We were three months into an online class and just past a spike of on-boarding new learners. At this point, and counting the newer learners, about half of the class relented to turning their cameras on. It was Monday and I had a new grey tie. I really wanted to show off my new necktie, so I wore – uncharacteristically – a black shirt.
Learners arrived and turned on their cameras, saying “Good morning. How was your weekend? Are you feeling any better?” and all that. One of the first was a lovely woman, a retired teacher and a dedicated student – one of those learners who is, besides punctual and respectful, eager to please and who quietly but assuredly defends the soundness of the instructor’s pedagogical choices. Let me call her Harmony.
Another learner, another camera: “Oh, teacher, we are both wearing black.” Another learner, another camera, a black blouse. Another camera, another black top: “We are all wearing black.” One student even turned her camera on, then off, then on again and this time she was wearing a striking black hijab. And so came Black Monday and every person on camera was wearing black, except Harmony, the retired teacher. During this camaraderie of black, Harmony did something she nearly never does: she turned off her camera. When I first noticed it, I didn’t think much of it. These momentary black-outs could be any number of things: a phone call, a tea, a bathroom break. Meanwhile, class continued – even as stragglers arrived and turned on their cameras wearing, yes, black. We elicited some language: coincidence, remarkable, “to get the memo”.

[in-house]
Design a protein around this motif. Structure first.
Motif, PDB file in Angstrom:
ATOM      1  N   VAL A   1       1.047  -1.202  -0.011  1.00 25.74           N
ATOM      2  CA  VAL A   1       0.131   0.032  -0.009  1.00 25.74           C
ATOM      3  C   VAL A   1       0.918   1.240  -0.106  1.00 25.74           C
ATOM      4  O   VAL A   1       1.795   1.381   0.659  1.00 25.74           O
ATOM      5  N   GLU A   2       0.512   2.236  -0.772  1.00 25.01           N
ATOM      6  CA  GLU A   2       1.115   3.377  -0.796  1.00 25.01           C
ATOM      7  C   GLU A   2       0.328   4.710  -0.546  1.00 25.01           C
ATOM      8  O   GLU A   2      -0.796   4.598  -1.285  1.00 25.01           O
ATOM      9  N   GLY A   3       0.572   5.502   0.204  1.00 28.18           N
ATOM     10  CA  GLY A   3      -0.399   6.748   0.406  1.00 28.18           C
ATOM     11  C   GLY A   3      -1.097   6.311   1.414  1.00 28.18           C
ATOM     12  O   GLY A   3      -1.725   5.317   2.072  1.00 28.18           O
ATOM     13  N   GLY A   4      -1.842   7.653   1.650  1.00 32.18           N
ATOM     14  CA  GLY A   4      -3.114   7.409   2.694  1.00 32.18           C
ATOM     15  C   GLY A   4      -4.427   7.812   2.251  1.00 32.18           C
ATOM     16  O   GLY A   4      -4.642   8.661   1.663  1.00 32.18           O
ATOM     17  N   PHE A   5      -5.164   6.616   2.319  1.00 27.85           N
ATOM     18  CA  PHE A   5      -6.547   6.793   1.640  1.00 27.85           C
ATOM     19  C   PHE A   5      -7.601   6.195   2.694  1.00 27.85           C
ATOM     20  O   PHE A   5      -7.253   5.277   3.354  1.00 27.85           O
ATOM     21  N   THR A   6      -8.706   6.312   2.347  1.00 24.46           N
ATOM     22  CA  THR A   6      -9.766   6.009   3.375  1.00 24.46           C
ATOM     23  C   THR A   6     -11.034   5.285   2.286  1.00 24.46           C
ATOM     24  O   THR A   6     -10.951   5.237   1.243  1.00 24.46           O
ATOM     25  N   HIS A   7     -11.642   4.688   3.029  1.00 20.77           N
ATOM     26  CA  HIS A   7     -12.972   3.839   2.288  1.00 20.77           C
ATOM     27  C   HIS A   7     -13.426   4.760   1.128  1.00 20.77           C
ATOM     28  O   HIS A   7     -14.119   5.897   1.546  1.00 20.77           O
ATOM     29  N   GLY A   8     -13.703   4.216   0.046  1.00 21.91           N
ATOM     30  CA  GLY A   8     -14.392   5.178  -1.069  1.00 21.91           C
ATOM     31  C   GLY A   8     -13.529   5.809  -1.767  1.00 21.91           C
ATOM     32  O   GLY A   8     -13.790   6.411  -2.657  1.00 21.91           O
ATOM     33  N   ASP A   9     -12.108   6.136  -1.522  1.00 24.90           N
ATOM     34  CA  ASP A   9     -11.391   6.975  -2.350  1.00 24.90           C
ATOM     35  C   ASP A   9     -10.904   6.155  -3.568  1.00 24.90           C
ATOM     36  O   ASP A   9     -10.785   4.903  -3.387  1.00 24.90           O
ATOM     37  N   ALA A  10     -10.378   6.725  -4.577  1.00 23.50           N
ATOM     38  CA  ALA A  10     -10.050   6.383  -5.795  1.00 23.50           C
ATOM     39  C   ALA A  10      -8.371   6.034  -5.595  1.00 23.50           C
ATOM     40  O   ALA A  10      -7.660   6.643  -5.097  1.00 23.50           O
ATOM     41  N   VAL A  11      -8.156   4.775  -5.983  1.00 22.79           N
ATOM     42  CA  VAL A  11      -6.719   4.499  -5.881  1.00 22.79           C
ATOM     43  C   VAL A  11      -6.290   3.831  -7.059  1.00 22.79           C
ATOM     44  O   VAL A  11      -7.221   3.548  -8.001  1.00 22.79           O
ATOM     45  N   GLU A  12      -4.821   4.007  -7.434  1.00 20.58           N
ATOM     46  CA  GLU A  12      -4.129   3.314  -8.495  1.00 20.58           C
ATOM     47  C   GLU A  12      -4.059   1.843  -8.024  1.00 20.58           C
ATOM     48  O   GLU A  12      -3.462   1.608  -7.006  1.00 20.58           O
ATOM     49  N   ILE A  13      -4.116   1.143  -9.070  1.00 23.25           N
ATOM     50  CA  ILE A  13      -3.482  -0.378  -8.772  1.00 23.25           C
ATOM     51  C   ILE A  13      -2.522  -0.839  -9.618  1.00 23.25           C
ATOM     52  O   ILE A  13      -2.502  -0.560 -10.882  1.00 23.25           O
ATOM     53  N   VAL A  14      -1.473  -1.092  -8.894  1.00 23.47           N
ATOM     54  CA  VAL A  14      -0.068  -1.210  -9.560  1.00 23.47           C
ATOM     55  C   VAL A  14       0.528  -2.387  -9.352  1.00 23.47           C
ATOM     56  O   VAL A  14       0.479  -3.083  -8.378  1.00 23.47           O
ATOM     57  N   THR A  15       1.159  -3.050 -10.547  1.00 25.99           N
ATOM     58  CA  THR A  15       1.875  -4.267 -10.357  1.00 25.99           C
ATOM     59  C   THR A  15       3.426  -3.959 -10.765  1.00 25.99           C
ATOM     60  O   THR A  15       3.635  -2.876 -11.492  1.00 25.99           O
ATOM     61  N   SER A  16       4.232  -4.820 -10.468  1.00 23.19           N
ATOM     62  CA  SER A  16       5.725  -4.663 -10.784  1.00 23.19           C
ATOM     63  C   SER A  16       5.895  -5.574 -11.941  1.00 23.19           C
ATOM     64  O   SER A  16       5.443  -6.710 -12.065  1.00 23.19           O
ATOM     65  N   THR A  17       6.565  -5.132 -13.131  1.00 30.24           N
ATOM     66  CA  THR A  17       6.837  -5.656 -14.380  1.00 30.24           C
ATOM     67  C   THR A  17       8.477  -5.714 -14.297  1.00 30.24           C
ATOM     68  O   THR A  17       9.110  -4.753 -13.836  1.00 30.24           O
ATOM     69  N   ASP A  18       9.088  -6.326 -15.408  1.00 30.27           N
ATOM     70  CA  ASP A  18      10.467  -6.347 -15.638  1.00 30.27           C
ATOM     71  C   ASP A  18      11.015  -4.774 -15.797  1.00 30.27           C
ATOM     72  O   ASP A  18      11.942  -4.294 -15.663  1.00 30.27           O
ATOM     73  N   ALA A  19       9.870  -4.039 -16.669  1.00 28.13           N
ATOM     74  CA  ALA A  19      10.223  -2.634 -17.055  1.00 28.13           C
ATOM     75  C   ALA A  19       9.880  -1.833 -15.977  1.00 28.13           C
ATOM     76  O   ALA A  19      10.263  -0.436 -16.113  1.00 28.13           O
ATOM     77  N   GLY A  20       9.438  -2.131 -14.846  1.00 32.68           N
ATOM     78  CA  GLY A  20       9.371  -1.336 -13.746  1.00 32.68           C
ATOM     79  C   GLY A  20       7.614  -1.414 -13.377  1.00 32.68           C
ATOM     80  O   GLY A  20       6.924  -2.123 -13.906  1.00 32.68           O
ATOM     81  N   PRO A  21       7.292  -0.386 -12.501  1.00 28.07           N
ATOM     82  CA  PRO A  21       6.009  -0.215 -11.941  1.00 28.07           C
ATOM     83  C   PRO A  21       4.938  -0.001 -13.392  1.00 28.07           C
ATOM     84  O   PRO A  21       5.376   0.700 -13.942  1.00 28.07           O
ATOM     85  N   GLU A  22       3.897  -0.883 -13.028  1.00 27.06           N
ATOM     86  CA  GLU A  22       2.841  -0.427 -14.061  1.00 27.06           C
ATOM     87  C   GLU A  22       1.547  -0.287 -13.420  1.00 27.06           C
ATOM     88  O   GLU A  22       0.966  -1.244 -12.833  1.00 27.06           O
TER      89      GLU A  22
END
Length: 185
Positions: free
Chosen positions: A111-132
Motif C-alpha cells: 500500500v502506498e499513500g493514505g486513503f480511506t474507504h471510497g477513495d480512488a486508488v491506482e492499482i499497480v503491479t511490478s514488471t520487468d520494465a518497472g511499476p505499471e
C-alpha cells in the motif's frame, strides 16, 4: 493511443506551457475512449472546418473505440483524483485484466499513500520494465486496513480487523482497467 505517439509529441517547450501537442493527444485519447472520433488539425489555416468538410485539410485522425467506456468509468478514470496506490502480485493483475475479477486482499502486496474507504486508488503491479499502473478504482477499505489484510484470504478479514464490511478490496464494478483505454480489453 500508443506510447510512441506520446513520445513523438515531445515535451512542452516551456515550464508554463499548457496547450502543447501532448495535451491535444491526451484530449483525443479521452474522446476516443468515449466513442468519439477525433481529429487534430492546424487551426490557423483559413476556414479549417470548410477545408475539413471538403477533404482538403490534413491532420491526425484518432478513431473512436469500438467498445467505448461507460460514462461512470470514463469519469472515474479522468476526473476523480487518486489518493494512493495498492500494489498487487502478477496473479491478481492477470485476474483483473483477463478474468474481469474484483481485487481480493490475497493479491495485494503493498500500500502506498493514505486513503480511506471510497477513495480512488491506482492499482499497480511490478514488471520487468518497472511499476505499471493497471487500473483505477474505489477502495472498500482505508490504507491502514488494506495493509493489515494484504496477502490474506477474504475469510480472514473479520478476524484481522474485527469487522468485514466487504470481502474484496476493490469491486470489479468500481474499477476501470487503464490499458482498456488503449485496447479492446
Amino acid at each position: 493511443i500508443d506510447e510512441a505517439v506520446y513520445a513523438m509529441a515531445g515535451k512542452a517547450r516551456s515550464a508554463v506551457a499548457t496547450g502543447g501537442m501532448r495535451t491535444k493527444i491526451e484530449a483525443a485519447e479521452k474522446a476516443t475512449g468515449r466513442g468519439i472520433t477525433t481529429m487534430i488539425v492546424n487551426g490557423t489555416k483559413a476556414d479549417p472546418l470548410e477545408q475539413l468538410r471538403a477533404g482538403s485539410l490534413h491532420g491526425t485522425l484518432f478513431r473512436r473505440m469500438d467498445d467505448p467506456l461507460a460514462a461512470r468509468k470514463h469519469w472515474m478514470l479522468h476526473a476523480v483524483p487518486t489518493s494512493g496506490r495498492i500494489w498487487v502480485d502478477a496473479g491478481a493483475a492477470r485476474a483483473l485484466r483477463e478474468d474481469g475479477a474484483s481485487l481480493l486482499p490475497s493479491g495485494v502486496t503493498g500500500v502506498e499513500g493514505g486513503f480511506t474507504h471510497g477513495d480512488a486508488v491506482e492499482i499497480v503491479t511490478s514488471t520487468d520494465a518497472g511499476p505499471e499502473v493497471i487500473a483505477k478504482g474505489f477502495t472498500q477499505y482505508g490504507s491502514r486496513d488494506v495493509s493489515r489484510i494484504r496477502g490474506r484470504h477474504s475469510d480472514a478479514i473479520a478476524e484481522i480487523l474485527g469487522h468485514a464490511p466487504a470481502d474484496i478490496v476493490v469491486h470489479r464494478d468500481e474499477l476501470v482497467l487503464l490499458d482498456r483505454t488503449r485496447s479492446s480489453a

Harmony had not turned her camera back on. We checked in on her: yes, she was still there. She participated off-camera but was uncommonly quiet. Even sullen. During the morning lesson, I communicated with her privately via the chat box. She gave away nothing of what was wrong for most of the morning. Nearer to lunch, I checked in on her again. “Everything is just fine, don’t worry.” There were a handful of kind and empathetic learners in this class, and they could not help but ask if she was alright. She revealed, just before lunch, that she felt left out. She wasn’t wearing black.
Over lunch, I checked in on Harmony via email. She explained that she felt left out. Then she felt ridiculous that she had felt left out. I confess that my first instinct was to be defensive: It wasn’t on purpose. It was a coincidence. Nobody set out to make you feel excluded. But I squashed that instinct. I didn’t need to be defensive, and defensive wasn’t going to help me or the class and certainly not her.
It was a surprising moment for me. We all like to feel included. Nobody likes to feel excluded. How wonderful it is to feel included; and how horrible it feels – whether we are children or grown-ups, whether it’s on purpose or by accident – to be left out. Instead of my position of defense, I wrote her something more gentle and encouraging.
After lunch, when the class returned, her camera remained off. Meanwhile three of her classmates, more emotionally astute than I, turned their cameras on – they had changed their black clothes for something bright and colourful. They explained, “We wanted Harmony to feel included.” She turned on her camera, and she said, “thank you”, and she cried. And it was beautiful and lovely. And so we carried on with Harmony restored.
I would have been much smarter and much more efficient if, instead of chatting with her over lunch, I had simply changed my shirt.